ICBM launch

North Korea tests another missile

By Mark Luedtke


The situation with North Korea keeps getting worse, but we only hear half the story. Back in September the New York Times reported on Kim Jong Un’s latest nuclear test. “The underground blast was by far North Korea’s most powerful ever. Though it was far from clear that the North had set off a hydrogen bomb, as it claimed, the explosion caused tremors that were felt in South Korea and China,” it wrote. “Experts estimated that the blast was four to sixteen times more powerful than any the North had set off before, with far more destructive power than the bombs dropped on the Japanese cities of Hiroshima and Nagasaki during World War II.”

This was big news reported on every front page and cable news show. Two weeks earlier CNN reported something that barely made any news. “The US and South Korean militaries begin war games next week at a time of unprecedented tensions with North Korea,” it wrote. “The exercises are held twice yearly, typically incurring the wrath of Pyongyang, which views them as a show of aggression.”

They are indisputably a show of aggression. They are indisputably provocative. This aggression provoked Kim to test his largest nuclear bomb yet.

Fast forward to November when, after a period of quiet, Kim tested an ICBM. CNN reported then, “A combination of US, South Korean, and Japanese analyses of the launch from Mupyong-ni, near North Korea’s border with China, shows the missile flew about 45 minutes, going 3,700 kilometers (2,300 miles) high and for a distance of 1,000 kilometers (621 miles).

“If the missile were fired on a flatter, standard trajectory, it would have major US cities such as Los Angeles, Denver, and Chicago well within its range, with the possible ability to reach as far as New York and Boston, according to David Wright, a missile expert at the Union of Concerned Scientists.”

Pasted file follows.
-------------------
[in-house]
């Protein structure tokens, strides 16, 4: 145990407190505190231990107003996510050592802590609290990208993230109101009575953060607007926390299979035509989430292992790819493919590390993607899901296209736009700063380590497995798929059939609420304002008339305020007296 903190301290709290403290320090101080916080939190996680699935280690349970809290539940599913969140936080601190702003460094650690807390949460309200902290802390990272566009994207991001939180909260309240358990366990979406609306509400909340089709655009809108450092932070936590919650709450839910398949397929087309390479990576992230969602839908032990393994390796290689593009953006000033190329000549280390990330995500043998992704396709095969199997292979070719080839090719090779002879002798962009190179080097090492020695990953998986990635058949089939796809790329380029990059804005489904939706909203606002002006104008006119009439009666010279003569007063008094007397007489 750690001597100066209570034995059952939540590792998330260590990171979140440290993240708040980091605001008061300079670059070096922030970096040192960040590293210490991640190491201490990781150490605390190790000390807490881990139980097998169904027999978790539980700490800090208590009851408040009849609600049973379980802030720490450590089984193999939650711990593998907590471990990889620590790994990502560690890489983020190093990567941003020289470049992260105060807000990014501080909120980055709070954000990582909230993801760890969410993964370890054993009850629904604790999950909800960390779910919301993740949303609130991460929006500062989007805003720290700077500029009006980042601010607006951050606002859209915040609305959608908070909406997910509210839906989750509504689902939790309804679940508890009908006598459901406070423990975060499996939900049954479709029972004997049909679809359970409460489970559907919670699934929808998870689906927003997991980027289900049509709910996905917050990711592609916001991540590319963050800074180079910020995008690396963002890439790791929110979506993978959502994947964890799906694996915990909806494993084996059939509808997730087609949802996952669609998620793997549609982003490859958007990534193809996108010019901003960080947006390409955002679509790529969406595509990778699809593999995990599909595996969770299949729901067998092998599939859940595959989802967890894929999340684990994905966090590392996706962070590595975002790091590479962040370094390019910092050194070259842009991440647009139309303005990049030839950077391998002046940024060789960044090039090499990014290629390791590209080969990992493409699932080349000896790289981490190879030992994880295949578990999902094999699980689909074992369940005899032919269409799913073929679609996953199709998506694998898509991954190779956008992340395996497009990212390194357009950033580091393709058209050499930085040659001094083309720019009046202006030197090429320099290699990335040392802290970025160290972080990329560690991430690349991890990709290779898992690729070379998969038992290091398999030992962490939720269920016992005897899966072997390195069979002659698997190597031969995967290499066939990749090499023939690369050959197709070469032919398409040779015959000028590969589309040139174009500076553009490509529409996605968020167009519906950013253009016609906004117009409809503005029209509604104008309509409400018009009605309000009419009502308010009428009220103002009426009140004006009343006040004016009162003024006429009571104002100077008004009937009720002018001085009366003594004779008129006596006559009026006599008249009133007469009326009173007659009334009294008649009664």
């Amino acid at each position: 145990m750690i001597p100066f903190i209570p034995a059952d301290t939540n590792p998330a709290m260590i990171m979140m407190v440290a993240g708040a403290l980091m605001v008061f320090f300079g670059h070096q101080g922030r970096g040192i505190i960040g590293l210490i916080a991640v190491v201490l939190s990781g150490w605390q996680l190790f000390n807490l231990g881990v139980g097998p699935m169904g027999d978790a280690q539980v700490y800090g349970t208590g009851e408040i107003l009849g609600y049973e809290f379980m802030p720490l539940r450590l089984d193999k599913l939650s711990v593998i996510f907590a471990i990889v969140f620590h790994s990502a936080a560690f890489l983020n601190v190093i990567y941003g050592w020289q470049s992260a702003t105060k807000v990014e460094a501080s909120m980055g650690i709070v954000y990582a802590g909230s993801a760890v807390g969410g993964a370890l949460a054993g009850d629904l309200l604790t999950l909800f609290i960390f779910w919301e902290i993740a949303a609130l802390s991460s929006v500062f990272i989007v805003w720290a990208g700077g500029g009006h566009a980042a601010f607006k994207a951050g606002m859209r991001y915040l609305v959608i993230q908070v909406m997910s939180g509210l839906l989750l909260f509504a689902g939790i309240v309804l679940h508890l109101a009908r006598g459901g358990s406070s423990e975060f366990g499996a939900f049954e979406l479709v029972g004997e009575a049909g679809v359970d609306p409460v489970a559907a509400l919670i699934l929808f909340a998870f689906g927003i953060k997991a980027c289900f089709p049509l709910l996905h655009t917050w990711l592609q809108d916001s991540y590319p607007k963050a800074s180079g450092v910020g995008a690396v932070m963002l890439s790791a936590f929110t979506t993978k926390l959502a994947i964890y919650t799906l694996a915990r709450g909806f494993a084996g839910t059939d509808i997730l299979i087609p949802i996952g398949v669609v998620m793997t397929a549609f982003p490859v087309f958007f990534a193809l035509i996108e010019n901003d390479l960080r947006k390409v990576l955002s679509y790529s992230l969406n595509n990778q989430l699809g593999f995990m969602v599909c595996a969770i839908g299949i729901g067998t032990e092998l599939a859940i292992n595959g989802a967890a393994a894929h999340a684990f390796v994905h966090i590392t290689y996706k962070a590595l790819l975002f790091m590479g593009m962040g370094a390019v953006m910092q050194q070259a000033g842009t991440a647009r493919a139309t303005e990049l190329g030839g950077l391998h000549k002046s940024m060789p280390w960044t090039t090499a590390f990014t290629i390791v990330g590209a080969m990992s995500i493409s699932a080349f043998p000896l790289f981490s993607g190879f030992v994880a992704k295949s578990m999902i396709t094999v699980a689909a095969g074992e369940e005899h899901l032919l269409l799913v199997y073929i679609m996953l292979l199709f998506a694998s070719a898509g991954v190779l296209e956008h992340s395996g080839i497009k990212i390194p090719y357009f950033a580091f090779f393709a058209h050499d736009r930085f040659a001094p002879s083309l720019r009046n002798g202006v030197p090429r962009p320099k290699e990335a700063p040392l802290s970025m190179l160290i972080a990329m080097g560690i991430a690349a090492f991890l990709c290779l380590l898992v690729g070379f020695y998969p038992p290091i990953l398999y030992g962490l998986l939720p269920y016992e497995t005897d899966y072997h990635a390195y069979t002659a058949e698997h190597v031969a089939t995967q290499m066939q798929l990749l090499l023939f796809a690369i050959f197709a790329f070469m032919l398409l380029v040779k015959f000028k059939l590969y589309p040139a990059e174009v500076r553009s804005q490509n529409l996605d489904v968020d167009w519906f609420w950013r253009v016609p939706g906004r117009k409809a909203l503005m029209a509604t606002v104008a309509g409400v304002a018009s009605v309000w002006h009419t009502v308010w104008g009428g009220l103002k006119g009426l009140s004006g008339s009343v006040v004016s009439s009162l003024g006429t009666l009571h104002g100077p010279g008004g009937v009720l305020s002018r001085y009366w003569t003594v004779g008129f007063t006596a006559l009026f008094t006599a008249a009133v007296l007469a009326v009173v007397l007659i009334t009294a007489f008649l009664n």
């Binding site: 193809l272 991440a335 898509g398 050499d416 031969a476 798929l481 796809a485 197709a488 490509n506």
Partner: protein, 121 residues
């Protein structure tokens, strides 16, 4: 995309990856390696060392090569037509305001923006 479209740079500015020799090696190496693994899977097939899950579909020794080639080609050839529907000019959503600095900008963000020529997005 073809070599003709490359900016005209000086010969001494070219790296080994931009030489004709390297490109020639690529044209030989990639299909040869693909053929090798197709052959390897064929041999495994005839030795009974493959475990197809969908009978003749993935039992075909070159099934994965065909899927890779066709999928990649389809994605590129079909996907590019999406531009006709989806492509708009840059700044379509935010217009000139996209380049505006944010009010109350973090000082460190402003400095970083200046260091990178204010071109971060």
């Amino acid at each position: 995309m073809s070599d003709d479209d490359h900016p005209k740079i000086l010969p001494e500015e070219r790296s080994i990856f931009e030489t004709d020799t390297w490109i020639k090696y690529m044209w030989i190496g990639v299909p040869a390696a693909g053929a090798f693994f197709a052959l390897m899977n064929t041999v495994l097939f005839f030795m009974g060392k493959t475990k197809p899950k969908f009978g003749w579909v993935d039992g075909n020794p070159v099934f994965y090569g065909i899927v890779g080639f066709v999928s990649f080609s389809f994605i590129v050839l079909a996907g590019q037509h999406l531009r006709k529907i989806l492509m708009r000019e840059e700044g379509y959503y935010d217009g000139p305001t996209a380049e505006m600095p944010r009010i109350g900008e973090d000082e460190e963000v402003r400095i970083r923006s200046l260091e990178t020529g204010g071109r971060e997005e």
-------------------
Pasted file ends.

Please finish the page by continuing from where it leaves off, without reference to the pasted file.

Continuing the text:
Once again, the stories in the media would have us believe the launch was unprovoked. It wasn’t. For two months, North Korea had been negotiating reduction in tensions in Korea with world powers. Russian Foreign Minister, Sergei Lavrov, informs, “We have been working with Pyongyang. Then, all of a sudden, two weeks after the United States had sent us the signal [about readiness to dialogue], they announced unscheduled drills in December. There is an impression that they were deliberately provoking [North Korean leader] Kim Jong Un to make him break the pause and give in to their provocations.”

US rulers don’t want peace in Korea. Peace doesn’t line the pockets of war profiteers. Fear, threats, and wars do, so that is the foreign policy US rulers pursue. Bullying, bribes, bullets, and bombs.

The US policy of aggression against North Korea is not working. It hasn’t worked for 70 years. It enabled mass starvation, oppression, and the enslavement of an entire nation of people. It pushed the North Korean regime to become a nuclear power. It’s counterproductive.

Pat Buchanan tells us what Kim wants. “Initially, he wants a halt to U.S.-South Korean military exercises, which he sees as a potential prelude to a surprise attack,” he informs. “He wants an end to sanctions, U.S. recognition of his regime, and acceptance of his status as a nuclear weapons state. Down the road, he wants a U.S. withdrawal of all forces from South Korea and international aid.”

With the exception of international aid, I want all those things too. I want peace, free trade, and shared prosperity. US rulers will not tolerate that, and they’ll risk killing millions of Americans and Koreans in a nuclear war to get their way.

Their goal to get Kim to surrender his nuclear weapons will never happen, and they know it. It’s a fake goal chosen to ensure continued conflict. No nation has ever given up their nukes because nukes are the ultimate deterrent to attack. No nuclear power has ever been invaded. Nukes are Kim’s guarantee US invaders or their allies won’t kill him like they did Saddam Hussein and Muammar Gaddafi.

By any honest definition of insanity, US rulers are insane, not Kim. Sane rulers would negotiate an end to hostilities, withdraw US troops from the border, and turn over security of South Korea to South Koreans. But that would mean reducing their power over South Korean and Japanese rulers, as well as reducing their ability to threaten North Korea, China, and Russia, so it won’t happen anytime soon.


Reach DCP freelance writer Mark Luedtke at MarkLuedtke@DaytonCityPaper.com.

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